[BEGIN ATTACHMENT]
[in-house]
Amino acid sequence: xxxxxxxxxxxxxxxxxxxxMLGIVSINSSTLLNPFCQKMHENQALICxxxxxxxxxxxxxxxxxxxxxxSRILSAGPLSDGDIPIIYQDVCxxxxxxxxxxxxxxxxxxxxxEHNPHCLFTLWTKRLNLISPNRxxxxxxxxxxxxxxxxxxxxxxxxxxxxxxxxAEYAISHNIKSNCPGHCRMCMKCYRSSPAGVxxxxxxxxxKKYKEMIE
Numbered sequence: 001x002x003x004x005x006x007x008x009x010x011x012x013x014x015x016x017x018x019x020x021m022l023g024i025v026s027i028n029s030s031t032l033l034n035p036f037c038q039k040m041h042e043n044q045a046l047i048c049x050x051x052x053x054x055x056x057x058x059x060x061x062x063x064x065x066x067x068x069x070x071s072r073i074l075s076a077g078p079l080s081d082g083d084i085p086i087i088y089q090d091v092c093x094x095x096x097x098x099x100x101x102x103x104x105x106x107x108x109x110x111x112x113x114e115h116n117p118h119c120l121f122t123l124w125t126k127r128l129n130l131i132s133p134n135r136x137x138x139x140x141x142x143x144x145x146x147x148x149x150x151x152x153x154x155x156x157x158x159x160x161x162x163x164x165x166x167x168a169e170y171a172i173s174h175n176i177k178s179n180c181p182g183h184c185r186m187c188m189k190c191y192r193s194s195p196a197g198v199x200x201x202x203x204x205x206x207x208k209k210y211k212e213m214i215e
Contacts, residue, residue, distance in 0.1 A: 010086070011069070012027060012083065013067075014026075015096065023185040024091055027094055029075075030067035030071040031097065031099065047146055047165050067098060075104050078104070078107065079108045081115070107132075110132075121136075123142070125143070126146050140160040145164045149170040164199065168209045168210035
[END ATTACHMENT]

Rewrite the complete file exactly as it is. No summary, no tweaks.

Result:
[in-house]
Amino acid sequence: xxxxxxxxxxxxxxxxxxxxMLGIVSINSSTLLNPFCQKMHENQALICxxxxxxxxxxxxxxxxxxxxxxSRILSAGPLSDGDIPIIYQDVCxxxxxxxxxxxxxxxxxxxxxEHNPHCLFTLWTKRLNLISPNRxxxxxxxxxxxxxxxxxxxxxxxxxxxxxxxxAEYAISHNIKSNCPGHCRMCMKCYRSSPAGVxxxxxxxxxKKYKEMIE
Numbered sequence: 001x002x003x004x005x006x007x008x009x010x011x012x013x014x015x016x017x018x019x020x021m022l023g024i025v026s027i028n029s030s031t032l033l034n035p036f037c038q039k040m041h042e043n044q045a046l047i048c049x050x051x052x053x054x055x056x057x058x059x060x061x062x063x064x065x066x067x068x069x070x071s072r073i074l075s076a077g078p079l080s081d082g083d084i085p086i087i088y089q090d091v092c093x094x095x096x097x098x099x100x101x102x103x104x105x106x107x108x109x110x111x112x113x114e115h116n117p118h119c120l121f122t123l124w125t126k127r128l129n130l131i132s133p134n135r136x137x138x139x140x141x142x143x144x145x146x147x148x149x150x151x152x153x154x155x156x157x158x159x160x161x162x163x164x165x166x167x168a169e170y171a172i173s174h175n176i177k178s179n180c181p182g183h184c185r186m187c188m189k190c191y192r193s194s195p196a197g198v199x200x201x202x203x204x205x206x207x208k209k210y211k212e213m214i215e
Contacts, residue, residue, distance in 0.1 A: 010086070011069070012027060012083065013067075014026075015096065023185040024091055027094055029075075030067035030071040031097065031099065047146055047165050067098060075104050078104070078107065079108045081115070107132075110132075121136075123142070125143070126146050140160040145164045149170040164199065168209045168210035